Queen Anne verre églomisé and giltwood pier mirror – £48,000 at Duke's.

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The property, built in 1702 near Milborne St Andrew, Dorset, has just been sold for only the second time in its history.

The Grade I-listed manor was owned by the Michel family until the 1960s when, in near-derelict condition, it was bought and restored by financier Anthony Boyden.

His heirs sold the house for around £10m last year but kept many of the contents, which were augmented by lots from other private sources, for the April 15 auction at Duke’s (25% buyer’s premium) in Dorchester.

This was the first of two country house sales conducted in rapid succession by the firm (the second comprising the contents of Wormington Grange in Gloucestershire was sold from May 12-14). It was described as “an unrepeatable opportunity to attend a good old-fashioned house sale with everything on offer from historic portraits to china from the kitchen cupboards”.

Bidders were allowed to view selected contents in situ at Dewlish although ultimately, with fewer souvenir hunters bidding across the sale, there were more unsold lots than the norm (a 30% casualty rate across 439 lots).

Nonetheless, helped by private bids for five-figure furniture lots, the sale went comfortably above expectations of £500,000 to total £676,000.

Pier mirror

The top-selling entry at £48,000 was a Queen Anne verre églomisé and giltwood pier mirror (shown top) measuring 7ft high x 3ft 8in wide (2.3 x 1.09m).

The French term verre églomisé describes a technique of applying paint and gilding to the reverse side of glass to form a decorative panel with a mirror-like surface.

It was brought back into fashion in the early 18th century in France and was subsequently popularised in England by Huguenot emigrés such as René and Thomas Pelletier (fl. c.1705-11) – candidates for the makers of this piece.


Pair of George III mahogany chests of drawers – £30,000 at Duke's.

A George III pair of 3ft 5in (1.04m) wide mahogany serpentine chests of drawers with brushing slides and inlaid throughout with chequered stringing apparently retained the original brass swan-neck handles. They took £30,000 against expectations of £12,000-18,000.


Console table in the manner of William Kent – £40,000 at Duke's.

A 4ft (1.22m) wide, George II giltwood console table with a breche violette marble top in the manner of William Kent doubled the lower estimate, taking £40,000, while sold within hopes at £24,000 was a documented c.1775 parcel gilt cabinet on stand attributed to Mayhew & Ince.

The profuse polychrome painted decoration was attributed to Antonio Zucchi, the Italian painter who worked with Robert Adam at Kenwood, Osterley Park and Nostell among other great houses. The front panel depicts Eurycleia being awakened by Penelope with the news of Ulysses’ return.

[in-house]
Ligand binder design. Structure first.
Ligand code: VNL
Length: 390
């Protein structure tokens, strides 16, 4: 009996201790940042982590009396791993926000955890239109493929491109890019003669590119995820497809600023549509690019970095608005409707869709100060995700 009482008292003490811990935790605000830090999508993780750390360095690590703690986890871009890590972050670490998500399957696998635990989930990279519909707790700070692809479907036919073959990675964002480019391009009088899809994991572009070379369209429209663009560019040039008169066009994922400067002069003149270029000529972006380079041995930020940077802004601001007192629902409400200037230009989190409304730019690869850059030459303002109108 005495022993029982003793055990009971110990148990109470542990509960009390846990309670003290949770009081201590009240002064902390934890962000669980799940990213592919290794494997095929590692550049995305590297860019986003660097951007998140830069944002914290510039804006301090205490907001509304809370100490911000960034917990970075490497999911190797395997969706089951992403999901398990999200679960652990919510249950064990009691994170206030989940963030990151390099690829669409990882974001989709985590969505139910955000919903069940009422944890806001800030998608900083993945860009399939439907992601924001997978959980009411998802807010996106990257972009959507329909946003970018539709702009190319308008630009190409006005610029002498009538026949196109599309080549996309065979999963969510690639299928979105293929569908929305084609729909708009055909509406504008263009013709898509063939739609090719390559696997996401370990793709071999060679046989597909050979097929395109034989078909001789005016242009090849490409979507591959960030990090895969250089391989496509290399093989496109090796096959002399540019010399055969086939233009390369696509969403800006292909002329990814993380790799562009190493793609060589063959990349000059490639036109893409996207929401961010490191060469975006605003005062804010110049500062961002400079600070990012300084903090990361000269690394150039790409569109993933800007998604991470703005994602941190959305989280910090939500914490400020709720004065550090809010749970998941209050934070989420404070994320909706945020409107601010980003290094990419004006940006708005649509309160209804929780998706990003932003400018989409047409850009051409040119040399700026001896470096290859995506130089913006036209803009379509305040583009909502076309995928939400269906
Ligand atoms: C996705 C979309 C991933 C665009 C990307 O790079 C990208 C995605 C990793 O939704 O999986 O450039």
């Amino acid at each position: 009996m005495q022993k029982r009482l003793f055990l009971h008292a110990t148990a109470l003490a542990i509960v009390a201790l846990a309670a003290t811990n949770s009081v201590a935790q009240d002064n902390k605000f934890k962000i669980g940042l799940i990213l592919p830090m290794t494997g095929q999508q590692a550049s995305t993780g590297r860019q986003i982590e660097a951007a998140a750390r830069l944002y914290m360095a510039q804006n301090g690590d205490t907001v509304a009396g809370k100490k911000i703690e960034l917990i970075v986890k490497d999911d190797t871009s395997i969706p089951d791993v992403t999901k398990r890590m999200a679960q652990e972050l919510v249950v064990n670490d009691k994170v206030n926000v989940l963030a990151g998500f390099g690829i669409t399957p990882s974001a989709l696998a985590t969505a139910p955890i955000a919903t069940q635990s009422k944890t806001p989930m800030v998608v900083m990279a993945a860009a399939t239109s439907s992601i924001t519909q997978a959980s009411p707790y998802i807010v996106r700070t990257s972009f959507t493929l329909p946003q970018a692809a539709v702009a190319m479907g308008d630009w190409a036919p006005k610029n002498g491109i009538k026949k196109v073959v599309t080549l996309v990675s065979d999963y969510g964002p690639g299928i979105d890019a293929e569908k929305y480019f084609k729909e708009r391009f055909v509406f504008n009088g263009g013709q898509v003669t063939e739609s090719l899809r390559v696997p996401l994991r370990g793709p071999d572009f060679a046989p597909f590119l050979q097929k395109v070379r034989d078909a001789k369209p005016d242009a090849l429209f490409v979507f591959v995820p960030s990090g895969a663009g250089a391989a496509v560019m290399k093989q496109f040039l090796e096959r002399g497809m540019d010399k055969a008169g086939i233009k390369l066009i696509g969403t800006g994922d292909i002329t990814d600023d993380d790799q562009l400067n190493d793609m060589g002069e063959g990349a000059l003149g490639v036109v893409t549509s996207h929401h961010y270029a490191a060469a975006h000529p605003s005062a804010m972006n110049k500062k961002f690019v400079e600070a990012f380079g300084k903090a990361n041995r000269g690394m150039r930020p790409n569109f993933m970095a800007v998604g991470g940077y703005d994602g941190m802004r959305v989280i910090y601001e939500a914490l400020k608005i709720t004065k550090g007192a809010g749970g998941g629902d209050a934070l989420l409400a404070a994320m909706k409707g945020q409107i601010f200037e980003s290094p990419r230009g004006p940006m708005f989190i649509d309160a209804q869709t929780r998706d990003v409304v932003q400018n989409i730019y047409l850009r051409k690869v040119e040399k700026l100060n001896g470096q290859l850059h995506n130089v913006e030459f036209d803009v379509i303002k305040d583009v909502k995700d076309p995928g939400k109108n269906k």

Tudor period


Elizabeth I oak refectory table – £38,000 at Duke's.

The earlier furniture comprised three Tudor pieces.

A Elizabethan monumental oak refectory table – extending to 14ft 3in (4.34m) long with its pull-out leaves – was in remarkably untouched condition, retaining both the original top and moulded stretchers. It sold just shy of the top estimate at £38,000.


Henry VII era oak tester bed – £20,000 at Duke's.

A late 15th or early 16th century bed is the example pictured in The Dictionary of English Furniture by Percy Macquoid and Ralph Edwards (1924, revised 1954), where it is described as being one of the earliest-known examples with a panelled tester.

Standing 6ft 4in high x 6ft 10in long (1.92 x 2.07m) with unusual carved hexagonal bedposts, it had some old repairs and replacements but made its top estimate of £20,000.

A set of four Romayne panels dated c.1530 – shortly after the decorative style of carving on furniture was introduced from Italy – were the attraction of a later oak cupboard into which they were set.

One of the four figures possibly represented Henry VIII, although the distinctive cable borders might suggest a Scottish origin. This lot doubled the mid-estimate in selling at £6000 via

Lighting and fireside pieces

Duke’s auctioneer John Holmes has noticed increasing demand for lighting and fireside pieces among buyers refurbishing large houses.

Four lots catalogued as Dutch 17th century-style brass chandeliers all found buyers to total £9600 against top hopes of £1400, indicating bidders were ready to speculate that some were period.

Best was a 19in high (48cm) example with six scrolling branches emanating from a central orb. Pitched at £200-400, it sold online at £3000.

Going similarly above expectations was a George III neo-classical brass and cast metal fire grate. The 3ft 6in (90cm) wide serpentine grate with leaf-pierced lower section on tapering legs surmounted by finials was estimated at £500-1000 and sold at £3800 to an internet bidder.


Roman marble head – £35,000 at Duke's.

An undated Roman marble more than trebled top expectations, selling to a private buyer at £35,000. The 14½in (37cm) high head, bought in London in the 1950s, was of undoubted quality but the auctioneers were unsure if it was an antiquity or sculpted more than a millennium later for the Grand Tour market.

Portraits as a plus

A number of 18th century portraits from a different vendor added to the country house atmosphere, with the best being a full-length 7ft 6in x 4ft 9in (2.3 x 1.45m) portrait with a plaque inscribed A portrait of Mrs Nicholas Pierce wearing a Circassion Dress at the fancy dress ball at The Mansion House in honour of the marriage of the sister of George III to the King of Denmark.

It was believed to have been commissioned by the 1st Duke of Newcastle, prime minister between 1757-62, although the attribution to Johan Joseph Zoffany (1733-1810) was not cast iron. Estimated at £5000-10,000, it sold at £40,000.